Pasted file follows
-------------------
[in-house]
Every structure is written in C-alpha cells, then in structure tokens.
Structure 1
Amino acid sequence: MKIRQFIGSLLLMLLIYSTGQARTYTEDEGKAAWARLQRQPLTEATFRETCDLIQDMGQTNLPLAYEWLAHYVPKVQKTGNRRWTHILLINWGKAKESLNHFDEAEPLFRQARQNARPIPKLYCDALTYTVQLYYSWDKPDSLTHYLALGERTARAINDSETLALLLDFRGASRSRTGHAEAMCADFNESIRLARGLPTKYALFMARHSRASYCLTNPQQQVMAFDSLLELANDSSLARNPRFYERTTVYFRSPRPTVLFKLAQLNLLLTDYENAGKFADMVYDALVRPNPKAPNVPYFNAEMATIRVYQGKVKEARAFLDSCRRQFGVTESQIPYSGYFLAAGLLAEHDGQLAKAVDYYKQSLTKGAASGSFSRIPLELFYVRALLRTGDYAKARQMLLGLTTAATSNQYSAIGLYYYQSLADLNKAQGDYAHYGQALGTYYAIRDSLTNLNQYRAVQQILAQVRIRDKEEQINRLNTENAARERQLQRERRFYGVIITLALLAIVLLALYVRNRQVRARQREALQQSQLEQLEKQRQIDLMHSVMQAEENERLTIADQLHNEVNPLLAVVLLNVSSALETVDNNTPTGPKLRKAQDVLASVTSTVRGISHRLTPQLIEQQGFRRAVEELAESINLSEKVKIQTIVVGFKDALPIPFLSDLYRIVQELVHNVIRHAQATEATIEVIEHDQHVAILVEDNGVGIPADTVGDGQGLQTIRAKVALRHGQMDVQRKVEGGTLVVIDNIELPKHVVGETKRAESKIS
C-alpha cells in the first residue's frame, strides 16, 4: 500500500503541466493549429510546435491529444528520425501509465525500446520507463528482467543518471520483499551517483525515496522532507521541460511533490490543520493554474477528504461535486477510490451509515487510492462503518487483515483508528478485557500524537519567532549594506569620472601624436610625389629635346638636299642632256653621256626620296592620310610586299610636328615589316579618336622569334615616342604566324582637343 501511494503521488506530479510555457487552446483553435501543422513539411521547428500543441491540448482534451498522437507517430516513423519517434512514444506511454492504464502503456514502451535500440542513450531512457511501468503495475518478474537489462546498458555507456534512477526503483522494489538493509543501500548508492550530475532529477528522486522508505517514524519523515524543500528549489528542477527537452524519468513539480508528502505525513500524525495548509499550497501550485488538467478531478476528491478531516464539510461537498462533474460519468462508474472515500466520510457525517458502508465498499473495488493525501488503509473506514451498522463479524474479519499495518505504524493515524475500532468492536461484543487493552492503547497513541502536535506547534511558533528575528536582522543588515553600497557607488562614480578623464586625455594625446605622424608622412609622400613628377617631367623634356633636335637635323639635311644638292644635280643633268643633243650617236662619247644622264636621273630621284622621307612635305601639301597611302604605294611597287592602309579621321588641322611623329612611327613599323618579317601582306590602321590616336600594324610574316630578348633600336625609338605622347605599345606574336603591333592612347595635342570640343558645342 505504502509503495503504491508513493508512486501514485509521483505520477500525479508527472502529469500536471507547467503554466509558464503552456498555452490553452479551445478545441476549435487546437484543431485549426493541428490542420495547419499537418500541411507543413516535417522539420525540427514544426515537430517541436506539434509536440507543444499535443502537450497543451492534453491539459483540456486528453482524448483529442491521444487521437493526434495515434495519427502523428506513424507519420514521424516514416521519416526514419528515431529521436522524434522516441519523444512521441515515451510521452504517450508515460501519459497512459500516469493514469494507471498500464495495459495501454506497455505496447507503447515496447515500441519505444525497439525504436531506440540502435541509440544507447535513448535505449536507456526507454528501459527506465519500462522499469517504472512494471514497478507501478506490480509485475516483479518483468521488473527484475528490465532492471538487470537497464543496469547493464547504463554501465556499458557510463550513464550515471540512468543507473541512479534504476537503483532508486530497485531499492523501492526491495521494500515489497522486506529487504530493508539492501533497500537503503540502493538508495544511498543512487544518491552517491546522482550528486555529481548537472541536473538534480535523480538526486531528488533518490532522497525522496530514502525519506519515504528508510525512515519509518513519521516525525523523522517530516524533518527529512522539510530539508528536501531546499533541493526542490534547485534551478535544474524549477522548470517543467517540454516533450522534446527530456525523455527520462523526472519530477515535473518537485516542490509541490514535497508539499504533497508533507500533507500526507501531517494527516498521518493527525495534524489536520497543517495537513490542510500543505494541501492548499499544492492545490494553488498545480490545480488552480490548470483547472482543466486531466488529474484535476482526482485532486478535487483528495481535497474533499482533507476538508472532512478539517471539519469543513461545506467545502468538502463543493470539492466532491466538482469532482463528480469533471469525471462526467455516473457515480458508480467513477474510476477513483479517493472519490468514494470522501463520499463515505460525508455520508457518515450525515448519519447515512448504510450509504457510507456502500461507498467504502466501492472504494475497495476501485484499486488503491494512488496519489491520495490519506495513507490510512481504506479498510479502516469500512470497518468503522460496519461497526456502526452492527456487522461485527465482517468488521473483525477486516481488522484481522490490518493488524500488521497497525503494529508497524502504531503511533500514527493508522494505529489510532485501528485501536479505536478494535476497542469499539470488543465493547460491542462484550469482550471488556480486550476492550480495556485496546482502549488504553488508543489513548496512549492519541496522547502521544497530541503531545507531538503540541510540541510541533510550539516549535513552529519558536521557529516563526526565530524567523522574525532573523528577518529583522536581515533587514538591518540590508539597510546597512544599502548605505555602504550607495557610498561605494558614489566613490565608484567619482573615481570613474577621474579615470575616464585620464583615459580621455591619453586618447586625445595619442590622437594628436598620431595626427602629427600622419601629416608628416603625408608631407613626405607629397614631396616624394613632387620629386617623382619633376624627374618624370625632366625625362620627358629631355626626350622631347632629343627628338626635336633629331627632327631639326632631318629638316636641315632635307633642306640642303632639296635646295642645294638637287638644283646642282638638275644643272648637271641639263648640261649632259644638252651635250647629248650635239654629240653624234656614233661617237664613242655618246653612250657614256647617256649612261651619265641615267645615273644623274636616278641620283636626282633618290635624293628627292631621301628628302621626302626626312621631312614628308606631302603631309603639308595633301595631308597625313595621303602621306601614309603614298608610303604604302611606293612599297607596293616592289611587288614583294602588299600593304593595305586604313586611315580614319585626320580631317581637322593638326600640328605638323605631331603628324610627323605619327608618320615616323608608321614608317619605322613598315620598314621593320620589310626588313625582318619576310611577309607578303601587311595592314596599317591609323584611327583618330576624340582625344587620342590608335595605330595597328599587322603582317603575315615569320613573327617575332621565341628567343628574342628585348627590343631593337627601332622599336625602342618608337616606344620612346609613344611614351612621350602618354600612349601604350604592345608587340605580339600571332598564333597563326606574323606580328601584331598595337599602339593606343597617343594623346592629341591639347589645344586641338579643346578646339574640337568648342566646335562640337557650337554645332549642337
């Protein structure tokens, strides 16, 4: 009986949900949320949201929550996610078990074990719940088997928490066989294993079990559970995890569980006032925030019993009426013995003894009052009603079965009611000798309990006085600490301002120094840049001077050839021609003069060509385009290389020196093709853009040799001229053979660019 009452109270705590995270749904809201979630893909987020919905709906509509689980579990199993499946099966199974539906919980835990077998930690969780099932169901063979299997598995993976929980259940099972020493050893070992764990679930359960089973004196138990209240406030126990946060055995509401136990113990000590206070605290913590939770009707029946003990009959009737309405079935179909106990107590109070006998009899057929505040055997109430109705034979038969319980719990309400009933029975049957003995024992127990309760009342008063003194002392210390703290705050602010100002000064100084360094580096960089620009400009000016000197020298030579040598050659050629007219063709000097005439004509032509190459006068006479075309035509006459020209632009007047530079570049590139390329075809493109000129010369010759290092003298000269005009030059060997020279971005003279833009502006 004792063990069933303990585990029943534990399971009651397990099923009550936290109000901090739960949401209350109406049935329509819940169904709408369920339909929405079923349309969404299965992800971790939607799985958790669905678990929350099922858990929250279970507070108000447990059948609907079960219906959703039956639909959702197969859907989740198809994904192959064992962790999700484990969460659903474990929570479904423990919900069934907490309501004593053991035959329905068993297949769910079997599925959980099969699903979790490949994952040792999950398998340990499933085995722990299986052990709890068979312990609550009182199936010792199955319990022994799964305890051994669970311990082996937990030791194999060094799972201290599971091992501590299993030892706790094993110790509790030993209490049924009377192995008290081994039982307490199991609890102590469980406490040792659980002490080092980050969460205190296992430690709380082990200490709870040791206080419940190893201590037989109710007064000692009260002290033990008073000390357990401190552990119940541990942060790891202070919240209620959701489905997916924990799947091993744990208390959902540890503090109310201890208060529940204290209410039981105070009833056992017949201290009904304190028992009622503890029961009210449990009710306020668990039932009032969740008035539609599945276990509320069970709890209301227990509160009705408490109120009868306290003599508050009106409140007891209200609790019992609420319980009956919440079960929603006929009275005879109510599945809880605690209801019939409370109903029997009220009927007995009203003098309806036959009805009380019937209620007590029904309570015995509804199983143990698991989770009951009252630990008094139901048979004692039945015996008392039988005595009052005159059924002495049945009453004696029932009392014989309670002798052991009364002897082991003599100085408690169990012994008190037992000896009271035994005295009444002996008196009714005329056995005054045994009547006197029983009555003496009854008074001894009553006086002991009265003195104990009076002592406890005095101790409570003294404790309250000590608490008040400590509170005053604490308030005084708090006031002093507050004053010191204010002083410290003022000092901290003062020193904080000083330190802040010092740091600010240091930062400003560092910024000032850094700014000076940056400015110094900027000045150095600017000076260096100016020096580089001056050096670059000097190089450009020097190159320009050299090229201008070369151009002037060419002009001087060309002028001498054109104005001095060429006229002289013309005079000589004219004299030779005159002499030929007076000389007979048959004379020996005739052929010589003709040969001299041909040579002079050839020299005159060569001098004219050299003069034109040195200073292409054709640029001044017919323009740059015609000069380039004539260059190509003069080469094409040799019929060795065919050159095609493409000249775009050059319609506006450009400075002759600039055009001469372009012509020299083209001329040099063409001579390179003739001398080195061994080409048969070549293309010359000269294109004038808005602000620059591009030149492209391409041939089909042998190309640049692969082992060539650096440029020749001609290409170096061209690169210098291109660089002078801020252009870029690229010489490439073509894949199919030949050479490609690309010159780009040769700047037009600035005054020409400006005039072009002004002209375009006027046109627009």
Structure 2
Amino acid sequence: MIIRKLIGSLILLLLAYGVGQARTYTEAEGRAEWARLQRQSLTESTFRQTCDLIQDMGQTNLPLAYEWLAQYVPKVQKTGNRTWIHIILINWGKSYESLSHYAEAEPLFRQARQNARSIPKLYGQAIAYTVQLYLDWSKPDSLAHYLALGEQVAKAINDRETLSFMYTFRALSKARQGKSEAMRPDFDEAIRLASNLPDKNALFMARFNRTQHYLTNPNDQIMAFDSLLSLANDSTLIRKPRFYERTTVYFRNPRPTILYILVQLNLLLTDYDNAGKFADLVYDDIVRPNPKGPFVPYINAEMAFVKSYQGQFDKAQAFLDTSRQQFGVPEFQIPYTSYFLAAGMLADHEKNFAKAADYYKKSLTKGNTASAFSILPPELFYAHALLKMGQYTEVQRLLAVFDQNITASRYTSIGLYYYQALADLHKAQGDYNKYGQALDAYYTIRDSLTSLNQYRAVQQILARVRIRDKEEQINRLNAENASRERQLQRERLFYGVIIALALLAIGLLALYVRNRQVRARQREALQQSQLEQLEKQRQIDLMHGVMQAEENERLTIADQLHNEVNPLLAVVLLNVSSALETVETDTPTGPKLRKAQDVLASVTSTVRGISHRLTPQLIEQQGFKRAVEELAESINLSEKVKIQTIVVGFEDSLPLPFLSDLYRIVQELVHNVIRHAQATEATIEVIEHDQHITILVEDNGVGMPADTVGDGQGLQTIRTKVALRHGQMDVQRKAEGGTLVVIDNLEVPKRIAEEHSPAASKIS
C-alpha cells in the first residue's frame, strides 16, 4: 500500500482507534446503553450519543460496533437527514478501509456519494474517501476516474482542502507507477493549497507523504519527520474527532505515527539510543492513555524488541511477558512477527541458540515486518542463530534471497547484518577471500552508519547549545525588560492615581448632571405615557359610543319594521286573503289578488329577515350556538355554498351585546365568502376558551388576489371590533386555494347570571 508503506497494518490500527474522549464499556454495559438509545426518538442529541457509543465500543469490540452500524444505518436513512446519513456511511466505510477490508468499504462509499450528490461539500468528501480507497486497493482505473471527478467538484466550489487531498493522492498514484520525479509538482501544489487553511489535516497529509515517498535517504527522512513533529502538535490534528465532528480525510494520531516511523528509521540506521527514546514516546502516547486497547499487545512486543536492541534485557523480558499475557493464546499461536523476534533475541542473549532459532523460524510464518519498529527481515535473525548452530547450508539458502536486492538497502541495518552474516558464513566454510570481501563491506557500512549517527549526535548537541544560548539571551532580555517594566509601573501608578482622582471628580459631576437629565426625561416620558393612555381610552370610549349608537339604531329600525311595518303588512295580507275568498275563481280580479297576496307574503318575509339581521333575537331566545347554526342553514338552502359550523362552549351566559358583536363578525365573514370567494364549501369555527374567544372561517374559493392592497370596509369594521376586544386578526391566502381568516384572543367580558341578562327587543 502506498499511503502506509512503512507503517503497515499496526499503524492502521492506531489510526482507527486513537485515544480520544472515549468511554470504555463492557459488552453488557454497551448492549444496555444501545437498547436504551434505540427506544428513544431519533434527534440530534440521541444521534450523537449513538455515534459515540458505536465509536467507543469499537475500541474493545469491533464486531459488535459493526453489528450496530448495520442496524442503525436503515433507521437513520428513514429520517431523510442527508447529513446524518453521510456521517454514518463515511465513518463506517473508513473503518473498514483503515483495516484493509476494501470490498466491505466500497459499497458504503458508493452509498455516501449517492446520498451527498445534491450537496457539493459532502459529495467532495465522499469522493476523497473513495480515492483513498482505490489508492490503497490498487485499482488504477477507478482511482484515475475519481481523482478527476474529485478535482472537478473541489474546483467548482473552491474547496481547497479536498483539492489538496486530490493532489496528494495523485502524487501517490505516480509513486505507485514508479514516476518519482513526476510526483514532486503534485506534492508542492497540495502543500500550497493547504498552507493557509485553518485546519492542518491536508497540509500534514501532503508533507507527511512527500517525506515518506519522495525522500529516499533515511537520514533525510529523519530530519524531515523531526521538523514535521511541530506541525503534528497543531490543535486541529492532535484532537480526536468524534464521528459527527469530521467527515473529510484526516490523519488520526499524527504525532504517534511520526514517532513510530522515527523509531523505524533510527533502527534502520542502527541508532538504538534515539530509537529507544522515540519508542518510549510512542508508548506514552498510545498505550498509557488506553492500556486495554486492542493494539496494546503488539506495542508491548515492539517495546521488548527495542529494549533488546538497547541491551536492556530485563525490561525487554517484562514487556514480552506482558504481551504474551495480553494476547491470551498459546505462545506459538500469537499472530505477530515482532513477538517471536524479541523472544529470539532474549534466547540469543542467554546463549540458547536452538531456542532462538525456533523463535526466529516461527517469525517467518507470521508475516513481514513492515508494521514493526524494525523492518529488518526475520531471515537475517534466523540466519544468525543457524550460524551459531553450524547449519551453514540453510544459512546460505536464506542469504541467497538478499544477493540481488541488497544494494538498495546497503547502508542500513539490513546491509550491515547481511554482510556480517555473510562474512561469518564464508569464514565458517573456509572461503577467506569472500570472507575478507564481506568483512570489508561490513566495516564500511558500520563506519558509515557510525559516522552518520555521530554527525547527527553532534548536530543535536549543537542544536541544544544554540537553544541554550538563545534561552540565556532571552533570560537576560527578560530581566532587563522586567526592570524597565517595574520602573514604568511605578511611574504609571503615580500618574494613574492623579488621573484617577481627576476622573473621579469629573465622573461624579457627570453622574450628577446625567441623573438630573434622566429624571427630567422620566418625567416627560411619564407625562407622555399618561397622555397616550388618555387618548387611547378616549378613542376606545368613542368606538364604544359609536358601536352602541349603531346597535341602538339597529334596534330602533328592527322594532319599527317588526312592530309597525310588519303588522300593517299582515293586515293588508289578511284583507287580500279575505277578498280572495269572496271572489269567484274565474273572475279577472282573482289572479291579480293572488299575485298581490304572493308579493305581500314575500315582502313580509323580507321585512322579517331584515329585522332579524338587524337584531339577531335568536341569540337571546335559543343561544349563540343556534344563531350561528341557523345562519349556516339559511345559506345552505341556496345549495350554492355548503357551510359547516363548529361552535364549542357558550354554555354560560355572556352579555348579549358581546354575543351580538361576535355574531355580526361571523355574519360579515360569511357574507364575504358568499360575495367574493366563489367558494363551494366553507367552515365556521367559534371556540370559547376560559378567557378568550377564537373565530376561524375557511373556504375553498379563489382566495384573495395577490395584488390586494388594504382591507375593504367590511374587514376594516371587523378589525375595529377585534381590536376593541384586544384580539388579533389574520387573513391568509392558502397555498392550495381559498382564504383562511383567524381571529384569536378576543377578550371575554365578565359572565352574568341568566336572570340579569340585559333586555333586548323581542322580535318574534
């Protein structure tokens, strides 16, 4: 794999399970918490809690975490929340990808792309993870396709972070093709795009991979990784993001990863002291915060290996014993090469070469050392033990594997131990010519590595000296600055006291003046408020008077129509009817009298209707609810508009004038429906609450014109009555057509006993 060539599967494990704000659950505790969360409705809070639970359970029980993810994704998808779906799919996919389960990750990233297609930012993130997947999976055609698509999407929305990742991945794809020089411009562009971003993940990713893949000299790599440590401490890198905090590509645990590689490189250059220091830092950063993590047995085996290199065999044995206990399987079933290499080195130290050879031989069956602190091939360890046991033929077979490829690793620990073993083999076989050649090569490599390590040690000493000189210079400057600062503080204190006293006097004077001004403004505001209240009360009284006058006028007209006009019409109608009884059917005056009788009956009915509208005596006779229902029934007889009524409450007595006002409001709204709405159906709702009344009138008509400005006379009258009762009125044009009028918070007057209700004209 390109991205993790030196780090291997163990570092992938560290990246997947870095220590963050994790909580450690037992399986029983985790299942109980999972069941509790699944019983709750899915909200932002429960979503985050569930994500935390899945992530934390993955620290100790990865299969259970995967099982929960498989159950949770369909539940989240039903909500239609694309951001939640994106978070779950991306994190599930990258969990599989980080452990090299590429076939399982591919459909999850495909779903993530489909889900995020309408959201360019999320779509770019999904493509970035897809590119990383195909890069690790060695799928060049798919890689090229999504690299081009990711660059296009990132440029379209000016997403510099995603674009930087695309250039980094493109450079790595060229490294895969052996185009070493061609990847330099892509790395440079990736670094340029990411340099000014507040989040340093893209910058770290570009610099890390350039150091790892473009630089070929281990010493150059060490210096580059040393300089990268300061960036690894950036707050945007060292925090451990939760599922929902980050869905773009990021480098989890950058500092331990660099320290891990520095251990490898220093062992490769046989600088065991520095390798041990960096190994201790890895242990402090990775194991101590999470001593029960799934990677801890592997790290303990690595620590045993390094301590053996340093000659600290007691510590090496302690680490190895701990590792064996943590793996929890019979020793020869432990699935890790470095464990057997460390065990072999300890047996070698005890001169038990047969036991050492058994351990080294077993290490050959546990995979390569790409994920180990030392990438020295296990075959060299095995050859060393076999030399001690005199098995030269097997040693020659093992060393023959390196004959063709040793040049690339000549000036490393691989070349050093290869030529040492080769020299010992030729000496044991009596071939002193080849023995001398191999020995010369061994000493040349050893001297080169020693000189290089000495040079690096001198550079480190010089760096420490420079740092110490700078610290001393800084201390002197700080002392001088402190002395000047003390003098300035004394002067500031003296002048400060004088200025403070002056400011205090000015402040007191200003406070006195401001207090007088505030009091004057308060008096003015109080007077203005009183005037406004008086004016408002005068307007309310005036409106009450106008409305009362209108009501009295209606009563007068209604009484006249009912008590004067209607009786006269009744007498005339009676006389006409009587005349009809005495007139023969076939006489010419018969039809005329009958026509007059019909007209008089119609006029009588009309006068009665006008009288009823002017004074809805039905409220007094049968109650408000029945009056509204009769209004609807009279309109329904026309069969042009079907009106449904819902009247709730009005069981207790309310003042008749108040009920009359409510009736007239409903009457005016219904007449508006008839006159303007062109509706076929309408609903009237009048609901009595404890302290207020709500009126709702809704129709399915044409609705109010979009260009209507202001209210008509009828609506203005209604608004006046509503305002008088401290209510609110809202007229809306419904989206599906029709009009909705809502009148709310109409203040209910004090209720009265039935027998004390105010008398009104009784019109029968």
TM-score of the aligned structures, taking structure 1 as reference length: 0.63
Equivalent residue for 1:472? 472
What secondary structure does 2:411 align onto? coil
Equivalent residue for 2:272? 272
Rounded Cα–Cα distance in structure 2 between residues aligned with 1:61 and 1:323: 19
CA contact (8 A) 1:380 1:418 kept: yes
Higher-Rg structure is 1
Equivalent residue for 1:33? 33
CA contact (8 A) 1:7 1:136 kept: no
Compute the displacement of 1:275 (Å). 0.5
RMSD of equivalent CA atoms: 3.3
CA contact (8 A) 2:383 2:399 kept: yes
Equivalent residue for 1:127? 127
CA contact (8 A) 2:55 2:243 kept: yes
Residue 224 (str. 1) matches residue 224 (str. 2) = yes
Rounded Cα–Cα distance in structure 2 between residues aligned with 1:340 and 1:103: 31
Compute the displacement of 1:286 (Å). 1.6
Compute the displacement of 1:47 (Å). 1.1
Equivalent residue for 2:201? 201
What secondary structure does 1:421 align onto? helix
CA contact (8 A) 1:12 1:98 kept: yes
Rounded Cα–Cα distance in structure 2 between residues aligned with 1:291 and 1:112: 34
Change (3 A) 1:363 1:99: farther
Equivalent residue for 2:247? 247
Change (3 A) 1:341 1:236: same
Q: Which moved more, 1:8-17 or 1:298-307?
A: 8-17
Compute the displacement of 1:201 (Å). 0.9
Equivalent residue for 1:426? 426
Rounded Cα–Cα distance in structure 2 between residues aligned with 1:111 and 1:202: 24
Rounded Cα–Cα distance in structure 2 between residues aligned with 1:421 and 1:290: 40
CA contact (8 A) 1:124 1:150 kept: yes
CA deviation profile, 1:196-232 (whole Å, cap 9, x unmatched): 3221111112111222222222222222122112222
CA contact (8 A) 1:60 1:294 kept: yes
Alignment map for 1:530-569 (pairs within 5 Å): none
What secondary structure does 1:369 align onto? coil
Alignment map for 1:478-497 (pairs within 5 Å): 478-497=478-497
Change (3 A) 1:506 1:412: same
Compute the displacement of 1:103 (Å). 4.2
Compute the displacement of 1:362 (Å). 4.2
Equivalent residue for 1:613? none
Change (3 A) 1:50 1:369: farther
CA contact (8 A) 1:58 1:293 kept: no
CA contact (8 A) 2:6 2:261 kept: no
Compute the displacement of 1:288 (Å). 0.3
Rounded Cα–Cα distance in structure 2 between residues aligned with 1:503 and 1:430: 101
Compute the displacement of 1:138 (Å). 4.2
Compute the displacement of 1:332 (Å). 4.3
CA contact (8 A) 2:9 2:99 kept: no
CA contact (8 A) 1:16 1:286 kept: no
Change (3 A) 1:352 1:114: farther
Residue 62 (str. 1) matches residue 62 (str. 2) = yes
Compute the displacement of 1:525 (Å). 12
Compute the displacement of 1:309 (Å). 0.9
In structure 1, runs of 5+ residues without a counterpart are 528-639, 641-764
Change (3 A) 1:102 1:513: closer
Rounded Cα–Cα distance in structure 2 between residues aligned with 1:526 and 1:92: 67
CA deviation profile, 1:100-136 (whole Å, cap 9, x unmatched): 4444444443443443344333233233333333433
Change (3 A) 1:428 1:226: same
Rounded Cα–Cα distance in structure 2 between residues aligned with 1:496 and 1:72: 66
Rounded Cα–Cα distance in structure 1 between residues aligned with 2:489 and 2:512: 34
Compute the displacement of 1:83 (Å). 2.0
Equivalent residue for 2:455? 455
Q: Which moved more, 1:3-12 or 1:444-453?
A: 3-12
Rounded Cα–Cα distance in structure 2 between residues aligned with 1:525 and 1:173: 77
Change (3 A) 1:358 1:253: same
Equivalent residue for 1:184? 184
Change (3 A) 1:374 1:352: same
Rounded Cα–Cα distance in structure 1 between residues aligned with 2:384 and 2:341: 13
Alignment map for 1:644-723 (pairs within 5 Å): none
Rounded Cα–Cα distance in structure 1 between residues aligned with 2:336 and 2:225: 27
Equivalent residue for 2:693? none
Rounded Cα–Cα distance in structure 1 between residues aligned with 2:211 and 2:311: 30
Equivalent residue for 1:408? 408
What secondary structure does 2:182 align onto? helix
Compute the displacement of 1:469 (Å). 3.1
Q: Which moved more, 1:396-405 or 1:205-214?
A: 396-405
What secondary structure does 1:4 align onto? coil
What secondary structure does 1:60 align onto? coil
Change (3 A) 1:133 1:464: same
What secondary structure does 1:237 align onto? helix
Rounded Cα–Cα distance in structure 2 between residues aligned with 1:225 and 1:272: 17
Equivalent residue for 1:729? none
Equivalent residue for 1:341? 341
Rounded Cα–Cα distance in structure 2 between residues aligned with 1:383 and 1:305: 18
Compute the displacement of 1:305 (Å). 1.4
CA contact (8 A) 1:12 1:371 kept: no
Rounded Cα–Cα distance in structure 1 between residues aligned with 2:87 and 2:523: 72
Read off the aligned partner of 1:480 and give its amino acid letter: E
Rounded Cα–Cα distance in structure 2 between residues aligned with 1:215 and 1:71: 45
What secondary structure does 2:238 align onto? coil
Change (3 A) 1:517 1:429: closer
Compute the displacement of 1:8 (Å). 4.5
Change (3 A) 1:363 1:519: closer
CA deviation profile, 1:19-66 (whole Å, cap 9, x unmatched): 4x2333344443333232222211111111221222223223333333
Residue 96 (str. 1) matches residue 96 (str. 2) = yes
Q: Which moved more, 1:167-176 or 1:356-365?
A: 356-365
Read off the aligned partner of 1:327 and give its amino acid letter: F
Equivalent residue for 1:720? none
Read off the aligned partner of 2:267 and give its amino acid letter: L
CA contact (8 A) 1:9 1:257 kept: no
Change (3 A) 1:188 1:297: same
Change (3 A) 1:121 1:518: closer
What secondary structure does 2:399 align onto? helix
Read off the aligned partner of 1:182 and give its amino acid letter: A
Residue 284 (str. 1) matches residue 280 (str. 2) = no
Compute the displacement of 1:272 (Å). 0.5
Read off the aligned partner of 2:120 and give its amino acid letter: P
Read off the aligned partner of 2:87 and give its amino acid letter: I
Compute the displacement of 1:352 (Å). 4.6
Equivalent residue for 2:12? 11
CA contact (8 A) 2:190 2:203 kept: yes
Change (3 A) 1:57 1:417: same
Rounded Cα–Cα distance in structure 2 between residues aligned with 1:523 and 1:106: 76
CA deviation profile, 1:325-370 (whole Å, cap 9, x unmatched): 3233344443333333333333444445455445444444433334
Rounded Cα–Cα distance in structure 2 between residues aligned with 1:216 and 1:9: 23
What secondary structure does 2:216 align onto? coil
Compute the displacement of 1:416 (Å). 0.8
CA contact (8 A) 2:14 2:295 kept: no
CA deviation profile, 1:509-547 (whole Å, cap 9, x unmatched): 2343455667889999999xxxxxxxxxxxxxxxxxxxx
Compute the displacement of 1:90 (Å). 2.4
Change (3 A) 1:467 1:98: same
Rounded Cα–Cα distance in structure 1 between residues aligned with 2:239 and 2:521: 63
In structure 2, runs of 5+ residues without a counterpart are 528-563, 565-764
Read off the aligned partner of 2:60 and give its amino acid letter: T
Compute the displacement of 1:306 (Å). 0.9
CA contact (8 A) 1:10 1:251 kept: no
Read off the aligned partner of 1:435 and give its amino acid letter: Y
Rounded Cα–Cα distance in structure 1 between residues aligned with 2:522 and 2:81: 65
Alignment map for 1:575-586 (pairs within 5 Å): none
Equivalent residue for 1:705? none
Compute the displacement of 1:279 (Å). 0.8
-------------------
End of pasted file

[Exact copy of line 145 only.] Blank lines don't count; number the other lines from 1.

Compute the displacement of 1:279 (Å). 0.8